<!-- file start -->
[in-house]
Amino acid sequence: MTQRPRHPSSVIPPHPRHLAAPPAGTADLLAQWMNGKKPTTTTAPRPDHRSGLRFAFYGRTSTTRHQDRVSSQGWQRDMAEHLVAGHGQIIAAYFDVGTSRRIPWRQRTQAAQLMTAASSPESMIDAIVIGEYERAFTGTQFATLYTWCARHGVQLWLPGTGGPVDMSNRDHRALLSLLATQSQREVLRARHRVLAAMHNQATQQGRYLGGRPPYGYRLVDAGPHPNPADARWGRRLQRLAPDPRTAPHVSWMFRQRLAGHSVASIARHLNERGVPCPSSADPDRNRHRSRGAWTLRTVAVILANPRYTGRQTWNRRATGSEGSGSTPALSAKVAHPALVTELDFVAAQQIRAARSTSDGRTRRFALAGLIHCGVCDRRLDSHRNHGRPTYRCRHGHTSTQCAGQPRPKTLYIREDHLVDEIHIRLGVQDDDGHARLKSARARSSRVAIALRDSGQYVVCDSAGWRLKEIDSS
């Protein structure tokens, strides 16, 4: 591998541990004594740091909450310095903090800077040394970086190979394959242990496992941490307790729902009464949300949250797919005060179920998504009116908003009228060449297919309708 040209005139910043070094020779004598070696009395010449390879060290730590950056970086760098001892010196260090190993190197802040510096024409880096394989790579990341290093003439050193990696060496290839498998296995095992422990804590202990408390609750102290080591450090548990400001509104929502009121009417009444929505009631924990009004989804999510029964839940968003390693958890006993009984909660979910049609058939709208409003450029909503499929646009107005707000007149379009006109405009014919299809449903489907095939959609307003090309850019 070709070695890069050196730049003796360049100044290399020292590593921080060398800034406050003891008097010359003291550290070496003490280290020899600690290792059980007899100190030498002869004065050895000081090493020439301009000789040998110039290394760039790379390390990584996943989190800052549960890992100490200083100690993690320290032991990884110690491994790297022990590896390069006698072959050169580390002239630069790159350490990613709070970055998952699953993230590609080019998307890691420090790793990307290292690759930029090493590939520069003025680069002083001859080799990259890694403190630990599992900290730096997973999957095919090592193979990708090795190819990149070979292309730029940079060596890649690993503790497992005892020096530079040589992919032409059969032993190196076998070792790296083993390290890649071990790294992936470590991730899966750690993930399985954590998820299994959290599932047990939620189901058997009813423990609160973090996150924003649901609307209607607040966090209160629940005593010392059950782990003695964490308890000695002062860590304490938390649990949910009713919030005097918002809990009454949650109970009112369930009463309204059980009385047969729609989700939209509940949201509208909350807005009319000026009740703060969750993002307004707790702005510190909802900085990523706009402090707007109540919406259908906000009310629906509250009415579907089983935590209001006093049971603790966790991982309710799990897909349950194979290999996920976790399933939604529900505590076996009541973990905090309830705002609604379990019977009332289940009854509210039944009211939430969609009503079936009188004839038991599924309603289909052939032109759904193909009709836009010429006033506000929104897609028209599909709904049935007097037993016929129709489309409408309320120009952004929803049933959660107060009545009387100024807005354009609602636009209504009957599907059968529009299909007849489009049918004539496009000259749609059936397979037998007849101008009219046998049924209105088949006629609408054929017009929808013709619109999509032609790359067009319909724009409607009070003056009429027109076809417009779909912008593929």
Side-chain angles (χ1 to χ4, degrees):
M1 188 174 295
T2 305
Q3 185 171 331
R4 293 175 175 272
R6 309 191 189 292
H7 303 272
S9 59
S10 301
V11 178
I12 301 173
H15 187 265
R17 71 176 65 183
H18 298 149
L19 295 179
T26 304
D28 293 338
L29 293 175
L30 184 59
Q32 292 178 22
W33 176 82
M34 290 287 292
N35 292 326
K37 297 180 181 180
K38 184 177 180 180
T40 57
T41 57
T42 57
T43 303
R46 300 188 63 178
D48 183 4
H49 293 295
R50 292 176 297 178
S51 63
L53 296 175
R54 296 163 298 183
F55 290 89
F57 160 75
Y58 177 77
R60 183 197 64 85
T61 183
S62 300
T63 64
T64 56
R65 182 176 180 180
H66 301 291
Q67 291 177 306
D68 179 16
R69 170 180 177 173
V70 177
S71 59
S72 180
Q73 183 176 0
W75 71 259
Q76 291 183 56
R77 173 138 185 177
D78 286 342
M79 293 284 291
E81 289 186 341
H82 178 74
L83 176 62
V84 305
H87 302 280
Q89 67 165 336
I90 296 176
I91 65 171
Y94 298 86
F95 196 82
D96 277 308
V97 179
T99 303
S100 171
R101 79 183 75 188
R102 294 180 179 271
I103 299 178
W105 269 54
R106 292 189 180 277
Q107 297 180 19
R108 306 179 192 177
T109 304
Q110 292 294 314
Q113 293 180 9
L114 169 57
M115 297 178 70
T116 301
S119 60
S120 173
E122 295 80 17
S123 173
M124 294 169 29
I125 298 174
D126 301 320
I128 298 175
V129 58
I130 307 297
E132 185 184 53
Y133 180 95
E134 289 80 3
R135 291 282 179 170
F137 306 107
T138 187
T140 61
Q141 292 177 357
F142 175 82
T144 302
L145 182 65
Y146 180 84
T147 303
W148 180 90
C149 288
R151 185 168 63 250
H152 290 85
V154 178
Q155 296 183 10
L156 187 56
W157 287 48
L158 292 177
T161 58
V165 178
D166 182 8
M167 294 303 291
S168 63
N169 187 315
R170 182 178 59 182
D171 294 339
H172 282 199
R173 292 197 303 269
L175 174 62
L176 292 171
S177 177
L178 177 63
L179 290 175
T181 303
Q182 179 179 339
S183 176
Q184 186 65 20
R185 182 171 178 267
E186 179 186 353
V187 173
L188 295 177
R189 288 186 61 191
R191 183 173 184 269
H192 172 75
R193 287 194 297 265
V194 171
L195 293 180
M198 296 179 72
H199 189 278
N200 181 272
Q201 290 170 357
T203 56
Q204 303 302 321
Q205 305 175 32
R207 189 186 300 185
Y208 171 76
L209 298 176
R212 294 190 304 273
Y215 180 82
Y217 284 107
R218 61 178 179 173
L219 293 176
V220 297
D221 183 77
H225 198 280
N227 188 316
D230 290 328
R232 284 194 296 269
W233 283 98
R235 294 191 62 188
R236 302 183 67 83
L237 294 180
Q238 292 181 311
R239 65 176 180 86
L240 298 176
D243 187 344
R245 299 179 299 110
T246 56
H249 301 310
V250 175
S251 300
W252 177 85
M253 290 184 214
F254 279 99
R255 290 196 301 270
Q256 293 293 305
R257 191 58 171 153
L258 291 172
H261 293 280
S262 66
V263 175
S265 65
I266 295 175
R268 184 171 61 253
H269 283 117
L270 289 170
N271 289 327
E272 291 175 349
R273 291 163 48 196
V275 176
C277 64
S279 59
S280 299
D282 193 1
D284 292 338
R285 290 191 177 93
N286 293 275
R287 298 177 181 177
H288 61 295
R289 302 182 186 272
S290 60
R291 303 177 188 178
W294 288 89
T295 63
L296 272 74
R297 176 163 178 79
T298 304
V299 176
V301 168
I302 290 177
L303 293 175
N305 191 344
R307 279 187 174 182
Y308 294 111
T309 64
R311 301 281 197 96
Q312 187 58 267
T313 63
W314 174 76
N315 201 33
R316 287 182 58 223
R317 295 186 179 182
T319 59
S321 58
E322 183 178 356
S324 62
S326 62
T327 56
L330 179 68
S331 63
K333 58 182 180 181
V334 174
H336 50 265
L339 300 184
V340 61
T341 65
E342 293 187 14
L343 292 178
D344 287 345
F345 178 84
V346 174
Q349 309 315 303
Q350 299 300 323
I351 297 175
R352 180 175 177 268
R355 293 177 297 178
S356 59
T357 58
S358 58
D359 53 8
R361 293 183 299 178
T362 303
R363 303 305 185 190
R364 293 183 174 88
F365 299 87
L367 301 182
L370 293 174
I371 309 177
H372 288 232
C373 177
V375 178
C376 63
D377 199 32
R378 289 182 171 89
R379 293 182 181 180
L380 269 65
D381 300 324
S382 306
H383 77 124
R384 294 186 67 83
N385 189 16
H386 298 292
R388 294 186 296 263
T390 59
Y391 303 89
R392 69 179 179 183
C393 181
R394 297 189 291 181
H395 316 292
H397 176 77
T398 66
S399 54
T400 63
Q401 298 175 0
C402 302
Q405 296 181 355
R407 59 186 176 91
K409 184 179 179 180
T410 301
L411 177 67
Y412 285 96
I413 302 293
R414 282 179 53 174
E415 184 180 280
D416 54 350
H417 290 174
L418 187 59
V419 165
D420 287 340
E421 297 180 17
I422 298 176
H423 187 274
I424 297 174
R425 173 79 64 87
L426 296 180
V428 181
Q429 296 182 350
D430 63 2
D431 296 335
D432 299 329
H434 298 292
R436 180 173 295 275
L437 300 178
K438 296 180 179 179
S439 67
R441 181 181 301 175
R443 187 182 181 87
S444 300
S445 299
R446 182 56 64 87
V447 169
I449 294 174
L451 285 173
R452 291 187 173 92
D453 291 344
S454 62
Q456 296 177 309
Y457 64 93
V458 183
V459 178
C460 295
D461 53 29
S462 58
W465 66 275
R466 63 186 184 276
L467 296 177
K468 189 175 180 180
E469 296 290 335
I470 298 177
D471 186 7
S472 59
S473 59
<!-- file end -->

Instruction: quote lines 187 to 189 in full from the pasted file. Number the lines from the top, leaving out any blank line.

R255 290 196 301 270
Q256 293 293 305
R257 191 58 171 153